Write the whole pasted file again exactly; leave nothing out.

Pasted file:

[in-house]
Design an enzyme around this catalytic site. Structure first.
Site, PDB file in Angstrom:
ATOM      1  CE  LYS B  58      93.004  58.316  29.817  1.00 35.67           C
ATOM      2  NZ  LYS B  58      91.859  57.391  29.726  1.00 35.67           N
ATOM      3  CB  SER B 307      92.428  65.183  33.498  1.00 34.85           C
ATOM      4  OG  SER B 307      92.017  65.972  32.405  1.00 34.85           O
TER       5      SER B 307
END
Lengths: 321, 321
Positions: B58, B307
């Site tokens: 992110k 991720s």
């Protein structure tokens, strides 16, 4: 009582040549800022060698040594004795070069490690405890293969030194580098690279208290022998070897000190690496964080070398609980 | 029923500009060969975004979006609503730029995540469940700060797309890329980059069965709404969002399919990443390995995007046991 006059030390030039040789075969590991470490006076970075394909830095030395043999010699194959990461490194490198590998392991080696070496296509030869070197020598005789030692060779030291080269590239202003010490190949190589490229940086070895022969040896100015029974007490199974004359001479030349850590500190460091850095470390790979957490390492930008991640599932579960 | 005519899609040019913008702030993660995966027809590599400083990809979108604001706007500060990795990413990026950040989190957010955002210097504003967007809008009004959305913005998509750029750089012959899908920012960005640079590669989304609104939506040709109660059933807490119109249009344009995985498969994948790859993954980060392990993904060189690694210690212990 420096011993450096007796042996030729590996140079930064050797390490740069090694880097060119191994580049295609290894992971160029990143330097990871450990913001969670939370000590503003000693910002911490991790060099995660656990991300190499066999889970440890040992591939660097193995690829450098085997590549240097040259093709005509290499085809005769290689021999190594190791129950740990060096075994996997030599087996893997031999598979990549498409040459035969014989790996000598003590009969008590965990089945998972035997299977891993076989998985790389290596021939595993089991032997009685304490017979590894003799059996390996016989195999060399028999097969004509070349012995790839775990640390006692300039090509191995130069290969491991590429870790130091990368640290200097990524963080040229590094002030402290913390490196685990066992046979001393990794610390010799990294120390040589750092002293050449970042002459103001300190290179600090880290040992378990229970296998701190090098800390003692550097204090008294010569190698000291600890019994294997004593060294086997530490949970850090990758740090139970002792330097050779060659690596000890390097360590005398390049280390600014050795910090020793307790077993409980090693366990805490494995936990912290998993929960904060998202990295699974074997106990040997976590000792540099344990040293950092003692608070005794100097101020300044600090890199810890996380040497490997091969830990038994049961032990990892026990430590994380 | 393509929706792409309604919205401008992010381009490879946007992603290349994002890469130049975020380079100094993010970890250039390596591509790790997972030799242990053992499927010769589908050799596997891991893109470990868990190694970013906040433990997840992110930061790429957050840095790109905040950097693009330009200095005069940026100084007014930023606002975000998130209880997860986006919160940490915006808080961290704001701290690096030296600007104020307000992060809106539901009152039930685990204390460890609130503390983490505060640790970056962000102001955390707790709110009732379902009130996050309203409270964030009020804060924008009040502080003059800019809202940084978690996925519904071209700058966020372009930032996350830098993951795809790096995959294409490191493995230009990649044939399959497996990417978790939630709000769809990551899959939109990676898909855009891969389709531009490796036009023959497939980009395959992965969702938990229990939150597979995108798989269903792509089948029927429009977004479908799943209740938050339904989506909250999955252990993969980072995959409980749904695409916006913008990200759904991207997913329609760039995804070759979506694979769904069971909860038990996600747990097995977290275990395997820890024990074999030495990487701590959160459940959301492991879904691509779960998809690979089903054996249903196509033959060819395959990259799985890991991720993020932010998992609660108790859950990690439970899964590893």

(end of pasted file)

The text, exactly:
[in-house]
Design an enzyme around this catalytic site. Structure first.
Site, PDB file in Angstrom:
ATOM      1  CE  LYS B  58      93.004  58.316  29.817  1.00 35.67           C
ATOM      2  NZ  LYS B  58      91.859  57.391  29.726  1.00 35.67           N
ATOM      3  CB  SER B 307      92.428  65.183  33.498  1.00 34.85           C
ATOM      4  OG  SER B 307      92.017  65.972  32.405  1.00 34.85           O
TER       5      SER B 307
END
Lengths: 321, 321
Positions: B58, B307
């Site tokens: 992110k 991720s």
């Protein structure tokens, strides 16, 4: 009582040549800022060698040594004795070069490690405890293969030194580098690279208290022998070897000190690496964080070398609980 | 029923500009060969975004979006609503730029995540469940700060797309890329980059069965709404969002399919990443390995995007046991 006059030390030039040789075969590991470490006076970075394909830095030395043999010699194959990461490194490198590998392991080696070496296509030869070197020598005789030692060779030291080269590239202003010490190949190589490229940086070895022969040896100015029974007490199974004359001479030349850590500190460091850095470390790979957490390492930008991640599932579960 | 005519899609040019913008702030993660995966027809590599400083990809979108604001706007500060990795990413990026950040989190957010955002210097504003967007809008009004959305913005998509750029750089012959899908920012960005640079590669989304609104939506040709109660059933807490119109249009344009995985498969994948790859993954980060392990993904060189690694210690212990 420096011993450096007796042996030729590996140079930064050797390490740069090694880097060119191994580049295609290894992971160029990143330097990871450990913001969670939370000590503003000693910002911490991790060099995660656990991300190499066999889970440890040992591939660097193995690829450098085997590549240097040259093709005509290499085809005769290689021999190594190791129950740990060096075994996997030599087996893997031999598979990549498409040459035969014989790996000598003590009969008590965990089945998972035997299977891993076989998985790389290596021939595993089991032997009685304490017979590894003799059996390996016989195999060399028999097969004509070349012995790839775990640390006692300039090509191995130069290969491991590429870790130091990368640290200097990524963080040229590094002030402290913390490196685990066992046979001393990794610390010799990294120390040589750092002293050449970042002459103001300190290179600090880290040992378990229970296998701190090098800390003692550097204090008294010569190698000291600890019994294997004593060294086997530490949970850090990758740090139970002792330097050779060659690596000890390097360590005398390049280390600014050795910090020793307790077993409980090693366990805490494995936990912290998993929960904060998202990295699974074997106990040997976590000792540099344990040293950092003692608070005794100097101020300044600090890199810890996380040497490997091969830990038994049961032990990892026990430590994380 | 393509929706792409309604919205401008992010381009490879946007992603290349994002890469130049975020380079100094993010970890250039390596591509790790997972030799242990053992499927010769589908050799596997891991893109470990868990190694970013906040433990997840992110930061790429957050840095790109905040950097693009330009200095005069940026100084007014930023606002975000998130209880997860986006919160940490915006808080961290704001701290690096030296600007104020307000992060809106539901009152039930685990204390460890609130503390983490505060640790970056962000102001955390707790709110009732379902009130996050309203409270964030009020804060924008009040502080003059800019809202940084978690996925519904071209700058966020372009930032996350830098993951795809790096995959294409490191493995230009990649044939399959497996990417978790939630709000769809990551899959939109990676898909855009891969389709531009490796036009023959497939980009395959992965969702938990229990939150597979995108798989269903792509089948029927429009977004479908799943209740938050339904989506909250999955252990993969980072995959409980749904695409916006913008990200759904991207997913329609760039995804070759979506694979769904069971909860038990996600747990097995977290275990395997820890024990074999030495990487701590959160459940959301492991879904691509779960998809690979089903054996249903196509033959060819395959990259799985890991991720993020932010998992609660108790859950990690439970899964590893």